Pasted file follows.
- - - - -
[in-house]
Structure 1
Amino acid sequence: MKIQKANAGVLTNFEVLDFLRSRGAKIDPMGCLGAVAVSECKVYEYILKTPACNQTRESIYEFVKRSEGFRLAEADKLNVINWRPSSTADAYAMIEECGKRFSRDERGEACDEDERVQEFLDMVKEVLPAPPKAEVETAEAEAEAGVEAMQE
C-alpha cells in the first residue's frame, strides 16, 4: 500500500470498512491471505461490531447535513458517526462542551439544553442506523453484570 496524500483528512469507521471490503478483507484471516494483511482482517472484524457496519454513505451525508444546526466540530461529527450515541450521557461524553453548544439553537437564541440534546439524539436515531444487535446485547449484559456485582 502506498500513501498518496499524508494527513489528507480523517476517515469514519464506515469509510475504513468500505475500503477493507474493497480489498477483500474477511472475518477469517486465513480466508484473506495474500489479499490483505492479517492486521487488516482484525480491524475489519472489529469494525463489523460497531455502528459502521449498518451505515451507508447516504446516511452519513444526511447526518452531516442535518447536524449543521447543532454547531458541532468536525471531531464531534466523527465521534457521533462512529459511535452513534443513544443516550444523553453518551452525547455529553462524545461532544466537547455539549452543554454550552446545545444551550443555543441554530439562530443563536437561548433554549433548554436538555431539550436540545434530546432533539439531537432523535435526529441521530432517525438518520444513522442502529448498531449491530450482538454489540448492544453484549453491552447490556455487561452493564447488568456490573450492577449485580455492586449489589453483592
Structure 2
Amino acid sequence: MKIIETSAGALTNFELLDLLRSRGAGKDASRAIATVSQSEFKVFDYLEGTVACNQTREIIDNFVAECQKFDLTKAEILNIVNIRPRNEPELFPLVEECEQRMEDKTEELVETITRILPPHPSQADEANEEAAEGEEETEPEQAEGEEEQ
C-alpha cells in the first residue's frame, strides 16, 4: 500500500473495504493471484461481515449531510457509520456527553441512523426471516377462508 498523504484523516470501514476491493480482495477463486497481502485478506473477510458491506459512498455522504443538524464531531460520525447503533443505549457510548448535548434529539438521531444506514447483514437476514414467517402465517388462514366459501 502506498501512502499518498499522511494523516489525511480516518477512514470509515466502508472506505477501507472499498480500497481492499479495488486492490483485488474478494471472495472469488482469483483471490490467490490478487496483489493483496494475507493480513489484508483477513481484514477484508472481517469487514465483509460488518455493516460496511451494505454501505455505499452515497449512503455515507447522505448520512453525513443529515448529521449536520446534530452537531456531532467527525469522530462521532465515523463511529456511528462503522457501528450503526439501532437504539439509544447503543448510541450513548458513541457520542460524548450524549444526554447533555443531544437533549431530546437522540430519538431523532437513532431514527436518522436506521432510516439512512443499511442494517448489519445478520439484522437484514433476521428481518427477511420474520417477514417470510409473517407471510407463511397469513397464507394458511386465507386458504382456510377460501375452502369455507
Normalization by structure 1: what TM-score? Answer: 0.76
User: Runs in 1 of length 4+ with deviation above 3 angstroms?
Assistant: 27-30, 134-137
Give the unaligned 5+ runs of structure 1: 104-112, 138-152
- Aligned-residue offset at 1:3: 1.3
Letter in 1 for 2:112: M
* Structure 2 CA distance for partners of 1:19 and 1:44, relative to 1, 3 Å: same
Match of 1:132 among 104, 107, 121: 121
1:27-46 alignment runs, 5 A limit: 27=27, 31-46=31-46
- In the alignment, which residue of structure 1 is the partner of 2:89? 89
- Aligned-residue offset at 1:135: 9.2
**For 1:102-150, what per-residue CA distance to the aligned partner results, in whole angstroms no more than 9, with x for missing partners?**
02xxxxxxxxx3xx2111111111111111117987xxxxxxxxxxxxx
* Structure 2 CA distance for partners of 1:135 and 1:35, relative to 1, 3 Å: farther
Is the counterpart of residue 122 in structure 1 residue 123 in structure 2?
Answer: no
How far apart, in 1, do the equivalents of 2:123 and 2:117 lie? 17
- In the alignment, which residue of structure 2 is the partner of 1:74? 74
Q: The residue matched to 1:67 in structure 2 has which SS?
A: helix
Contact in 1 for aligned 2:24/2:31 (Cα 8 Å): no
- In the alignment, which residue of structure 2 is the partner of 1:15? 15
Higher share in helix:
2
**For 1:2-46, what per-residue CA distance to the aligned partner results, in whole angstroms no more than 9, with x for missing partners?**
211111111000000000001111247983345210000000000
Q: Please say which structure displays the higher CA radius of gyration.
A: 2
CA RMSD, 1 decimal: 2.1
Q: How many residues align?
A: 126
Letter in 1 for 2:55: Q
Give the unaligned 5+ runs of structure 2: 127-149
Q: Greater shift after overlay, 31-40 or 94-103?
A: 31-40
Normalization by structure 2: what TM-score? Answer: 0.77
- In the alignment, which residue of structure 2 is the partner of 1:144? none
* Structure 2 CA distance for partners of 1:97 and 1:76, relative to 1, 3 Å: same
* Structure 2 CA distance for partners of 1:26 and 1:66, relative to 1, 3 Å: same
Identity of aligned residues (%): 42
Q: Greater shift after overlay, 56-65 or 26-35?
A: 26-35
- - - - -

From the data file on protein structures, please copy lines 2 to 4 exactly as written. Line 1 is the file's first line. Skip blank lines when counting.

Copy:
Structure 1
Amino acid sequence: MKIQKANAGVLTNFEVLDFLRSRGAKIDPMGCLGAVAVSECKVYEYILKTPACNQTRESIYEFVKRSEGFRLAEADKLNVINWRPSSTADAYAMIEECGKRFSRDERGEACDEDERVQEFLDMVKEVLPAPPKAEVETAEAEAEAGVEAMQE
C-alpha cells in the first residue's frame, strides 16, 4: 500500500470498512491471505461490531447535513458517526462542551439544553442506523453484570 496524500483528512469507521471490503478483507484471516494483511482482517472484524457496519454513505451525508444546526466540530461529527450515541450521557461524553453548544439553537437564541440534546439524539436515531444487535446485547449484559456485582 502506498500513501498518496499524508494527513489528507480523517476517515469514519464506515469509510475504513468500505475500503477493507474493497480489498477483500474477511472475518477469517486465513480466508484473506495474500489479499490483505492479517492486521487488516482484525480491524475489519472489529469494525463489523460497531455502528459502521449498518451505515451507508447516504446516511452519513444526511447526518452531516442535518447536524449543521447543532454547531458541532468536525471531531464531534466523527465521534457521533462512529459511535452513534443513544443516550444523553453518551452525547455529553462524545461532544466537547455539549452543554454550552446545545444551550443555543441554530439562530443563536437561548433554549433548554436538555431539550436540545434530546432533539439531537432523535435526529441521530432517525438518520444513522442502529448498531449491530450482538454489540448492544453484549453491552447490556455487561452493564447488568456490573450492577449485580455492586449489589453483592